Judge Rules Against Term Limits, Redistricting

Petitions calling for limiting Illinois legislators’ terms and political redistricting hit a major road block. Cook County Judge Mary Mikva ruled both proposals were unconstitutional Friday, June 27, and the group pushing the "Redistricting Initiative" ended its efforts to place the question on the November ballot.

The judge ruled against the “Term Limit Initiative” stating the provisions were unrelated. “The inclusion of these other components also puts this initiative in conflict with the Free and Equal Clause in Article III, 3,” Mikva wrote, “…separate questions in an initiative must be ‘reasonably related to a common objective in a workable manner.’”

The proposal called for an eight-year limit on legislators in office in addition to a change in the size of the Illinois House and Senate and an amendment that would make it harder to override a governor's veto. The group pushing the “Term Limits Initiative” said it will appeal to the Illinois Supreme Court. 

Judge Mikva also ruled against the proposal by Yes for Independent Maps stating the provisions went beyond changing the structure and procedure of the General Assembly in part by limiting members of the independent commission from running for the General Assembly. According to the initiative, they wouldn’t be allowed to serve as a lawmaker for a decade following their time on the commission.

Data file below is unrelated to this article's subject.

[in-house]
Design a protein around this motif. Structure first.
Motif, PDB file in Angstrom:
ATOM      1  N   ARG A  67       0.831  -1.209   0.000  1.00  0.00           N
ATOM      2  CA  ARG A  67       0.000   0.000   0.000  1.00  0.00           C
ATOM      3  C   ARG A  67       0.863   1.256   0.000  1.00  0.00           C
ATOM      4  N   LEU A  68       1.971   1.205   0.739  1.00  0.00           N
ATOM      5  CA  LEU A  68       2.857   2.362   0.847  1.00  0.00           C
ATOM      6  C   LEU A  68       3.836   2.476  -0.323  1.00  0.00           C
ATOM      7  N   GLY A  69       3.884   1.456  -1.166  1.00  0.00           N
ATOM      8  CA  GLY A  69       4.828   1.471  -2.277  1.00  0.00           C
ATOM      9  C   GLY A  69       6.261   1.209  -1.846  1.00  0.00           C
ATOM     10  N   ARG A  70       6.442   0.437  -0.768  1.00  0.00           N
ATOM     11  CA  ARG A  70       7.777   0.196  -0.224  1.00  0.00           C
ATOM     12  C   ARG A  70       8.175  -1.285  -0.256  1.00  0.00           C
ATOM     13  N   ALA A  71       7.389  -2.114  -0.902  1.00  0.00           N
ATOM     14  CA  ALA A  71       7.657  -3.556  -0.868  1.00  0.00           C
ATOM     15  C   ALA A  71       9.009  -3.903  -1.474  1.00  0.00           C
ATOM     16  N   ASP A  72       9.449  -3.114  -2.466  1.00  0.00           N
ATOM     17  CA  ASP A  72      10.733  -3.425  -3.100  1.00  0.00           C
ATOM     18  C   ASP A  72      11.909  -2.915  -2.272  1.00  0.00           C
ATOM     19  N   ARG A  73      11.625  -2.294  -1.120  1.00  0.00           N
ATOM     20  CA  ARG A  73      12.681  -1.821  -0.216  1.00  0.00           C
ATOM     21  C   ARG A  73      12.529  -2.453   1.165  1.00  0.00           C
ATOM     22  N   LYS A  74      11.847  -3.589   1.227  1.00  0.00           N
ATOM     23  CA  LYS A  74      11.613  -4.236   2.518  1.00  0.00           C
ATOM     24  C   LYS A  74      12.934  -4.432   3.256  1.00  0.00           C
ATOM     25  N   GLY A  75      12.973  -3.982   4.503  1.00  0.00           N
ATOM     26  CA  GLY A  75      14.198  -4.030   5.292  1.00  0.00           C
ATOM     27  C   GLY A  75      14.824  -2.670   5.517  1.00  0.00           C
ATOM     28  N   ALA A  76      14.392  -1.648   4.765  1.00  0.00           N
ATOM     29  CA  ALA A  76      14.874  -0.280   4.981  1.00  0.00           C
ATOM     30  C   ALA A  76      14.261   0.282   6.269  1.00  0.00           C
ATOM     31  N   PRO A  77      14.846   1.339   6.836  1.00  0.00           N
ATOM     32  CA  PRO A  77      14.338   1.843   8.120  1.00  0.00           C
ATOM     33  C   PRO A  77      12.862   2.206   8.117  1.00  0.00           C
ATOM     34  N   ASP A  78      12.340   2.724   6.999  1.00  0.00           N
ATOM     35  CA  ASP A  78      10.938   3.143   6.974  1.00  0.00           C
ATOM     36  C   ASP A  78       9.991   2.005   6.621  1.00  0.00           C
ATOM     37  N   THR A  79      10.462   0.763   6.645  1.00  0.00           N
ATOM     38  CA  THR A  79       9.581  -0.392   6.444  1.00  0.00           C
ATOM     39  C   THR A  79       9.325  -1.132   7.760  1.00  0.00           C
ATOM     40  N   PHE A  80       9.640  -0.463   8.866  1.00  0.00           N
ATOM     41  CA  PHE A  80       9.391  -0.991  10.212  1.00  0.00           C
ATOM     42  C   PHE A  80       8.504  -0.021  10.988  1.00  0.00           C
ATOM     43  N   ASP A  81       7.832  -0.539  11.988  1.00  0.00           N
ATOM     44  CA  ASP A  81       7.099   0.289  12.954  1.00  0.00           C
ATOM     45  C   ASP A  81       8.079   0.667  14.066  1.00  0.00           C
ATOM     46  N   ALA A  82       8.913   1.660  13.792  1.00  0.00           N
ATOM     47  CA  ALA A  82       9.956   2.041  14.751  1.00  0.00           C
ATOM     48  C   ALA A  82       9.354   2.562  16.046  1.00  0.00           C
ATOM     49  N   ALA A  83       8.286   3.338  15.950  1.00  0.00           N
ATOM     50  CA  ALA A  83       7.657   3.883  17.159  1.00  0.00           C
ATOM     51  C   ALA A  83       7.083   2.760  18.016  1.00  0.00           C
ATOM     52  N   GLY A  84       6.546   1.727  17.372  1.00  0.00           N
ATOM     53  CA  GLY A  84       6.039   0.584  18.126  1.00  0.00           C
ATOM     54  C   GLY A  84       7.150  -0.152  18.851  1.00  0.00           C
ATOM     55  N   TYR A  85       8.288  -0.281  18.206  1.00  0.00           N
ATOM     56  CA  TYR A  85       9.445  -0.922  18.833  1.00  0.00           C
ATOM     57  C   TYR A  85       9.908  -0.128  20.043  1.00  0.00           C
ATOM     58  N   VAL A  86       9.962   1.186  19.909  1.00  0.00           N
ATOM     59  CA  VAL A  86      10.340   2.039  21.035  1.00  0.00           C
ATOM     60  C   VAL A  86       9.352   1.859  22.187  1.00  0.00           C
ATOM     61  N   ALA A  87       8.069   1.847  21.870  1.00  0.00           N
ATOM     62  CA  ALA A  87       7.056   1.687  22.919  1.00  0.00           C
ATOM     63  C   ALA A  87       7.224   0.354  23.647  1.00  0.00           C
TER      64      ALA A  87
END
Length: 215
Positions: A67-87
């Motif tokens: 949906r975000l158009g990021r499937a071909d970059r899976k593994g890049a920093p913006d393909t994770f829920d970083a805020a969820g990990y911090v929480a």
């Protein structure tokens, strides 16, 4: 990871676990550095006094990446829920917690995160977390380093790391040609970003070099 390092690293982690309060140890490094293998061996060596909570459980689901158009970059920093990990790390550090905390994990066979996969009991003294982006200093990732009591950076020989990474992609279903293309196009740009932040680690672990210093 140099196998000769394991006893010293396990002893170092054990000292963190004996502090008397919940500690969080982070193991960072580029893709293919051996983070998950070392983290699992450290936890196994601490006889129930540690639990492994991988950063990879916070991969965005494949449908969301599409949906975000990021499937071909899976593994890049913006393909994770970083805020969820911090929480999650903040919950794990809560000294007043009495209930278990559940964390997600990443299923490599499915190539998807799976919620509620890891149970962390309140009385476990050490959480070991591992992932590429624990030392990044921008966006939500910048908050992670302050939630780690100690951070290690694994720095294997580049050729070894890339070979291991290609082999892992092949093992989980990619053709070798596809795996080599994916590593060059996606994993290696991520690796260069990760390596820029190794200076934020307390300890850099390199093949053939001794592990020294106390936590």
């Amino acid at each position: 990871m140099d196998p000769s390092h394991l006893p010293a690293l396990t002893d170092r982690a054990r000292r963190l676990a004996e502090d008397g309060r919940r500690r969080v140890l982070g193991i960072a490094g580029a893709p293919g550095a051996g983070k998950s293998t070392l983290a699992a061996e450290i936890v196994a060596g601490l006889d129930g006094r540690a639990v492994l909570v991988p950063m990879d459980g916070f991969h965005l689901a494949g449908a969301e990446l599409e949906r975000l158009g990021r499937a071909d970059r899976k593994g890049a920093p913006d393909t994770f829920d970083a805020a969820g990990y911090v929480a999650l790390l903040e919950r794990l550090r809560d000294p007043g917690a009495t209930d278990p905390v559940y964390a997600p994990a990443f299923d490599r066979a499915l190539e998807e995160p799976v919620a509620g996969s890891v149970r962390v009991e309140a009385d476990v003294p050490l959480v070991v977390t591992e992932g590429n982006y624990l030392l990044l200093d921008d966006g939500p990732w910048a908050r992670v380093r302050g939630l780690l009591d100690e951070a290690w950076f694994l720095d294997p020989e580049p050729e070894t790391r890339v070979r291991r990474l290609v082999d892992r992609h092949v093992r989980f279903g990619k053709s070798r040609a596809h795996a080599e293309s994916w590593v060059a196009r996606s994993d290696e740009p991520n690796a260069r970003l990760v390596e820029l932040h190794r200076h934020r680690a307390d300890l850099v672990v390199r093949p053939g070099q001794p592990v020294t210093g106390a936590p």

However, the judge did point out potential in this initiative. “In contrast, a differently drafted redistricting initiative could be valid, but, for the reasons stated, the proposed Redistricting Initiative is not,” Mikva wrote.

The independent map coalition said it may try again in 2016 or 2018. “We have concluded that we are not going to proceed in this election cycle. Instead, we will put the lessons learned in this campaign and from the judge’s ruling to good use,” said Deborah Harrington, Chair of Yes for Independent Maps in a statement.